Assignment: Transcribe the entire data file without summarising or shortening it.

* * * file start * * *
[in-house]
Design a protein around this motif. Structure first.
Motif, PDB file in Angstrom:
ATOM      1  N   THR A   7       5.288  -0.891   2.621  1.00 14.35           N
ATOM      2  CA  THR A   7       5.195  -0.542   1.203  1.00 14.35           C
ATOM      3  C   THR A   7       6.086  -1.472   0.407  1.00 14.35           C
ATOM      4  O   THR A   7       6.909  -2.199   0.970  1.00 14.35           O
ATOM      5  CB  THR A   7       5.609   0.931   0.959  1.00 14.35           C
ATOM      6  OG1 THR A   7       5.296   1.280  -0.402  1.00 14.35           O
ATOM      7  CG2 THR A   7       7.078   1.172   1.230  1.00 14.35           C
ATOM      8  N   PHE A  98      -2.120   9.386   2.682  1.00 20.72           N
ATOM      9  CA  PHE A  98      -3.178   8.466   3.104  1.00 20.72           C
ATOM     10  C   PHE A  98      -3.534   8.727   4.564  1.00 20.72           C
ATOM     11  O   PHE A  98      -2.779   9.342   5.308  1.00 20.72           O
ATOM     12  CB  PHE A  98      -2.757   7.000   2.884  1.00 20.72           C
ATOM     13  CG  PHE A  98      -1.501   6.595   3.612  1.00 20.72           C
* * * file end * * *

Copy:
[in-house]
Design a protein around this motif. Structure first.
Motif, PDB file in Angstrom:
ATOM      1  N   THR A   7       5.288  -0.891   2.621  1.00 14.35           N
ATOM      2  CA  THR A   7       5.195  -0.542   1.203  1.00 14.35           C
ATOM      3  C   THR A   7       6.086  -1.472   0.407  1.00 14.35           C
ATOM      4  O   THR A   7       6.909  -2.199   0.970  1.00 14.35           O
ATOM      5  CB  THR A   7       5.609   0.931   0.959  1.00 14.35           C
ATOM      6  OG1 THR A   7       5.296   1.280  -0.402  1.00 14.35           O
ATOM      7  CG2 THR A   7       7.078   1.172   1.230  1.00 14.35           C
ATOM      8  N   PHE A  98      -2.120   9.386   2.682  1.00 20.72           N
ATOM      9  CA  PHE A  98      -3.178   8.466   3.104  1.00 20.72           C
ATOM     10  C   PHE A  98      -3.534   8.727   4.564  1.00 20.72           C
ATOM     11  O   PHE A  98      -2.779   9.342   5.308  1.00 20.72           O
ATOM     12  CB  PHE A  98      -2.757   7.000   2.884  1.00 20.72           C
ATOM     13  CG  PHE A  98      -1.501   6.595   3.612  1.00 20.72           C